'That Dragon, Cancer' takes you deep into a family's loss

Bereaved parents Ryan and Amy Green on how building a video game has helped them through their grieving process.
In 2010, when Joel Green was just one year old, he was diagnosed with a brain tumour. (thatdragoncancer.com)

They still think about his chuckle, his sobs, and his love of pancakes.

Joel Green, the beloved son of Ryan and Amy Green, died of cancer when he was only five. As they loved and ultimately lost their child, the Greens channeled their grief into That Dragon, Cancer — a powerful, interactive video game that takes users deep into their gut-wrenching experience.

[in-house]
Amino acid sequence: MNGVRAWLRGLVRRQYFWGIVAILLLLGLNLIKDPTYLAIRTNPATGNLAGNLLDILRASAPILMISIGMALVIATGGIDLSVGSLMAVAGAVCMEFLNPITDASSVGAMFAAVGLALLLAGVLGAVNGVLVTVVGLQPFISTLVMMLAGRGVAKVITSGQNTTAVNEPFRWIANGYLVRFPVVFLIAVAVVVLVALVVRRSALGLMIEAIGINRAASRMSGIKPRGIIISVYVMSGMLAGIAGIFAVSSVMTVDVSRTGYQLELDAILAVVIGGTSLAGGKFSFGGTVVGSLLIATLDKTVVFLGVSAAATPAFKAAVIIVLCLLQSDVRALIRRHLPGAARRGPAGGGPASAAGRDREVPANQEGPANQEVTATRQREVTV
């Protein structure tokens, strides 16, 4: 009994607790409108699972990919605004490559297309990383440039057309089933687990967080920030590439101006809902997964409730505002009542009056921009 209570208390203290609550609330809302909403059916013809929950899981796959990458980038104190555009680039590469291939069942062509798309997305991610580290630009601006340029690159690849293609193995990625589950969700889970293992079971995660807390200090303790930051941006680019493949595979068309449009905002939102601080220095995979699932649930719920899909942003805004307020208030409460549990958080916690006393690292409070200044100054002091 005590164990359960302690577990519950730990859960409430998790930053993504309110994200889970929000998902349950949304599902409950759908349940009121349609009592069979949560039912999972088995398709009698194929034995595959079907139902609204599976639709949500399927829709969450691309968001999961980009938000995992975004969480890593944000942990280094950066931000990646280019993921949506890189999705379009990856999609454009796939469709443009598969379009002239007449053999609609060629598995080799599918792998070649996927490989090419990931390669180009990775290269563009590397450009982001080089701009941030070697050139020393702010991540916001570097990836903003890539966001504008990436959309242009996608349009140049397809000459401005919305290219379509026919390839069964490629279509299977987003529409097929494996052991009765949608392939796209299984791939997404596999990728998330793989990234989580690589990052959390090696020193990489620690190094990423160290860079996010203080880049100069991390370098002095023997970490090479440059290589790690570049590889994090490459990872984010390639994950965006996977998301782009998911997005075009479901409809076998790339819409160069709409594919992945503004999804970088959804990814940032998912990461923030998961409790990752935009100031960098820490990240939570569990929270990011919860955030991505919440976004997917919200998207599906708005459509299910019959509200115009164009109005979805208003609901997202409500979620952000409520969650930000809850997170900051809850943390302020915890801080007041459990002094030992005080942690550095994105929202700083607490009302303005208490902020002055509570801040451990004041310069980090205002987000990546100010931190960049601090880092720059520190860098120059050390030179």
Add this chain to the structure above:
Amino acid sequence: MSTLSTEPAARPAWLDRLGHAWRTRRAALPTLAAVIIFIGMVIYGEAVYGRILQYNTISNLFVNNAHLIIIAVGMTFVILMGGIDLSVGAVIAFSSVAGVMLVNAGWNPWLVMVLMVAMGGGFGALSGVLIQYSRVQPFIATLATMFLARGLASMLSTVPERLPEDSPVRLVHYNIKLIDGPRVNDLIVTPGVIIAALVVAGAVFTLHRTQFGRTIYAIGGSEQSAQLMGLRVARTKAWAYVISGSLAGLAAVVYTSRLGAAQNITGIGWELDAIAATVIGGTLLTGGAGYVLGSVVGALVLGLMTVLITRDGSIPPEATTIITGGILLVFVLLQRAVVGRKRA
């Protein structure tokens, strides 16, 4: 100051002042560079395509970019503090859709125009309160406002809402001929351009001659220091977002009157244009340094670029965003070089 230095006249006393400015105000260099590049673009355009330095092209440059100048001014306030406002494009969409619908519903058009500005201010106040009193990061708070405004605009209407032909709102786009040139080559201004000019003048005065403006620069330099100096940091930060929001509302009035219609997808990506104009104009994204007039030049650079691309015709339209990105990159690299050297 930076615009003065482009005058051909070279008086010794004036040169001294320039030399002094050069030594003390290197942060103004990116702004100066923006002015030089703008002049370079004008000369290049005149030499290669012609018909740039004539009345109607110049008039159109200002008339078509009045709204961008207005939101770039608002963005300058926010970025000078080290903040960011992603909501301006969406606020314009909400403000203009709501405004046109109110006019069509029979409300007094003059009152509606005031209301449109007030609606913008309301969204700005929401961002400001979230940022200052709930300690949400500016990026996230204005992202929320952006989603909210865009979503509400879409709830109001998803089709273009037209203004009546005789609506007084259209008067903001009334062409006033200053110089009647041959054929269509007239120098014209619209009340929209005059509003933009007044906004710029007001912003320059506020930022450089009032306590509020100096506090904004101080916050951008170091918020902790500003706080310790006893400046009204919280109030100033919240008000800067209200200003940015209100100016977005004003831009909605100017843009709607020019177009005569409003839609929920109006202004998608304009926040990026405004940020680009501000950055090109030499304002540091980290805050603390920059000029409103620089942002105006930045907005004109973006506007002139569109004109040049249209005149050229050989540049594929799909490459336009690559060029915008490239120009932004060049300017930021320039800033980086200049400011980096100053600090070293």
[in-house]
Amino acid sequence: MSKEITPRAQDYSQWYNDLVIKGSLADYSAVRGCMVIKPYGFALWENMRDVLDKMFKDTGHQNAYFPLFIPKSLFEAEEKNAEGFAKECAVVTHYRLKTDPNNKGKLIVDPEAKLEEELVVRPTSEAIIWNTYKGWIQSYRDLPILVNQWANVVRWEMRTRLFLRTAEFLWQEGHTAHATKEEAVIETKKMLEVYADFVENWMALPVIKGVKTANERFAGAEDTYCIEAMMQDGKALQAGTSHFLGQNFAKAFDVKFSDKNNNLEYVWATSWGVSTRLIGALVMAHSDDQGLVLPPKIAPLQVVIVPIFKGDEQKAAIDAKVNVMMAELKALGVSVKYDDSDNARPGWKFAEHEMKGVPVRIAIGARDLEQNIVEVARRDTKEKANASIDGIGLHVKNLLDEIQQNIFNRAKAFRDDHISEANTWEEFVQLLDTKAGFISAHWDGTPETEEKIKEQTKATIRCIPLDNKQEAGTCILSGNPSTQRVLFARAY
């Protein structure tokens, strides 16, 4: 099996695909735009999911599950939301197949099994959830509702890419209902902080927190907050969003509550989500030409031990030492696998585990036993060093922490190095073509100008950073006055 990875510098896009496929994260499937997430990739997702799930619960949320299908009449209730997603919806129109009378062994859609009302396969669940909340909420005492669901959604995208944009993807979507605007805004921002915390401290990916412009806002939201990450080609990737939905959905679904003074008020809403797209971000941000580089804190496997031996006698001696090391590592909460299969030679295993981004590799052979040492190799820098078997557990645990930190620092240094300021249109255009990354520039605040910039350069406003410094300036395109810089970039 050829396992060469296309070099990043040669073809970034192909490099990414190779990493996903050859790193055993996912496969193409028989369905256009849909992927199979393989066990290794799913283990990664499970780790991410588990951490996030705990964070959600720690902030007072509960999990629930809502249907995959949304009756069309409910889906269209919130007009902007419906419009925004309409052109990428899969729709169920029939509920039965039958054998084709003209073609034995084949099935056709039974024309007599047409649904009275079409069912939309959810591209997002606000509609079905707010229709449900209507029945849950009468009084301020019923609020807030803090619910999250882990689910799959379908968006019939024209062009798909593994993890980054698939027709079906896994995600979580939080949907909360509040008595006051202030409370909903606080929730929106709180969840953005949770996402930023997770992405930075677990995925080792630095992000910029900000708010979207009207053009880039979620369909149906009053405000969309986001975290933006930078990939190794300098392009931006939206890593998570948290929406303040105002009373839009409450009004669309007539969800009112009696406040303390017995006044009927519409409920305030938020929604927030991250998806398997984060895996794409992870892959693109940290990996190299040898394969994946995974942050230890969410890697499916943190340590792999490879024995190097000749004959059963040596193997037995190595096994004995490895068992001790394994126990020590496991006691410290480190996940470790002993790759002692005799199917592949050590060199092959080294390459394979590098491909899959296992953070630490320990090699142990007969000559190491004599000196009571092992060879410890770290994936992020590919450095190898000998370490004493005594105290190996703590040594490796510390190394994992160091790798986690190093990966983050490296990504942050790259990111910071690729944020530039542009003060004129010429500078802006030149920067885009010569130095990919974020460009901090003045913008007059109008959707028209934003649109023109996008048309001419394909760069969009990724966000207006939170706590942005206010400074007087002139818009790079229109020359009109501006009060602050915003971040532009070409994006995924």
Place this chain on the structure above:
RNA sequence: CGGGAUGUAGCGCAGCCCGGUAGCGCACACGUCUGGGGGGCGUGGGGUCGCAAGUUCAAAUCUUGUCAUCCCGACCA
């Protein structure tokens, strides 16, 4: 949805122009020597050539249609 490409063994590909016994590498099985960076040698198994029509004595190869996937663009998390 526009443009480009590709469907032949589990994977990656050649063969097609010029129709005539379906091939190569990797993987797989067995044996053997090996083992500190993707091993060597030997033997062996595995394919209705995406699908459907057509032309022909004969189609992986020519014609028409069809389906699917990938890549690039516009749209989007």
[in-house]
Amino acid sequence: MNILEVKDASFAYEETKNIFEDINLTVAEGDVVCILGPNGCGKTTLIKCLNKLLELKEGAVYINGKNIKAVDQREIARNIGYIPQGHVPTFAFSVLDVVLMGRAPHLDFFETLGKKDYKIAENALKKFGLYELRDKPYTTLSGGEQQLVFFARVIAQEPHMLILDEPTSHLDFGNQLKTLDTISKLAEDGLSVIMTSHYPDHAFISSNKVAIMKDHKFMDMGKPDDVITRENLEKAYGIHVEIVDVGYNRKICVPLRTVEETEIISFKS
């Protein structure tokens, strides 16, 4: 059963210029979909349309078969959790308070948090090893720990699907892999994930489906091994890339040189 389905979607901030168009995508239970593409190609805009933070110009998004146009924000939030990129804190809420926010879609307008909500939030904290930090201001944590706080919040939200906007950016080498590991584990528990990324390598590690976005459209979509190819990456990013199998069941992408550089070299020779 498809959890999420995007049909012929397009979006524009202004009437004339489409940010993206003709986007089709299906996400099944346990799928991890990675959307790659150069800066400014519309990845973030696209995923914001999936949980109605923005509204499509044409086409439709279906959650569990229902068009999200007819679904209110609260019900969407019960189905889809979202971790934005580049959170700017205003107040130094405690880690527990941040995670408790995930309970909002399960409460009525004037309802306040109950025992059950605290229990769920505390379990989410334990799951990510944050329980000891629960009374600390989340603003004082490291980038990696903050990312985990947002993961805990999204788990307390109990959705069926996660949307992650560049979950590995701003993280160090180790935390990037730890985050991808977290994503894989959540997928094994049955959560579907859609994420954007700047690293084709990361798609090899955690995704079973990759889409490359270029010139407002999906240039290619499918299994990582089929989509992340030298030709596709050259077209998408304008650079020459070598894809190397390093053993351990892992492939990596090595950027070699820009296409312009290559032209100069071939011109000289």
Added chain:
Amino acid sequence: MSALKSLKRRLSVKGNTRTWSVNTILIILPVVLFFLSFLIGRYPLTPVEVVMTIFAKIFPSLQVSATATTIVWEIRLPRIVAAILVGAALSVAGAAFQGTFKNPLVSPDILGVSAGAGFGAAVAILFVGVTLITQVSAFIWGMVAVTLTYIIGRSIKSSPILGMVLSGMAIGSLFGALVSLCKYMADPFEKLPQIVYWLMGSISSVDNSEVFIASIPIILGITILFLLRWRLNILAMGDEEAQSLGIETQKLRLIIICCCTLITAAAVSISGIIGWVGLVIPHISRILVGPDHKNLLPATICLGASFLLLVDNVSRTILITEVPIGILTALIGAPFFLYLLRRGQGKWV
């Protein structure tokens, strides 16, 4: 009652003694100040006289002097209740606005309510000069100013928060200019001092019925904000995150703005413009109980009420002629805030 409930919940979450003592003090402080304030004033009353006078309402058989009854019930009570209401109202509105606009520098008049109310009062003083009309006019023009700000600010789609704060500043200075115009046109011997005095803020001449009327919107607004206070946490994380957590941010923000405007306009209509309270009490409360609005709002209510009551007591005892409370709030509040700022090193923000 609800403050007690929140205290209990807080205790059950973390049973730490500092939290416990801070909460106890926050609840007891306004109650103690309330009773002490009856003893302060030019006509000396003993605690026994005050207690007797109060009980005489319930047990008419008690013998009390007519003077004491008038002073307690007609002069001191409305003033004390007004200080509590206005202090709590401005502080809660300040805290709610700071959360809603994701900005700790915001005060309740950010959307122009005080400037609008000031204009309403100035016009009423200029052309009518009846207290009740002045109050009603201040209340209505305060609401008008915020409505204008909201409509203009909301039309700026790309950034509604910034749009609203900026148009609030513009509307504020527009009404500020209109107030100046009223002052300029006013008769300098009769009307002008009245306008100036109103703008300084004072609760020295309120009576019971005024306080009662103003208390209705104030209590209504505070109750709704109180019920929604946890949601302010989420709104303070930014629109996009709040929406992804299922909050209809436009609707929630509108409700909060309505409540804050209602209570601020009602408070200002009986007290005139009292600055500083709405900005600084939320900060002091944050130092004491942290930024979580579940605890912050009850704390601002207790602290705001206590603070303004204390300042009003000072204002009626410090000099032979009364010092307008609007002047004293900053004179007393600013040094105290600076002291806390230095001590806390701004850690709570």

On the week of its release, the couple joins guest host Gill Deacon to describe how it feels when something that "happens to other people" happens to your family, how their creative project has helped them cope, and the uncertainty they face as this sustaining project comes to an end.

WEB EXTRA | Watch the game trailer for That Dragon, Cancer, which is now available to play. The project is part of a growing movement of empathy games that deal with serious, even startling themes.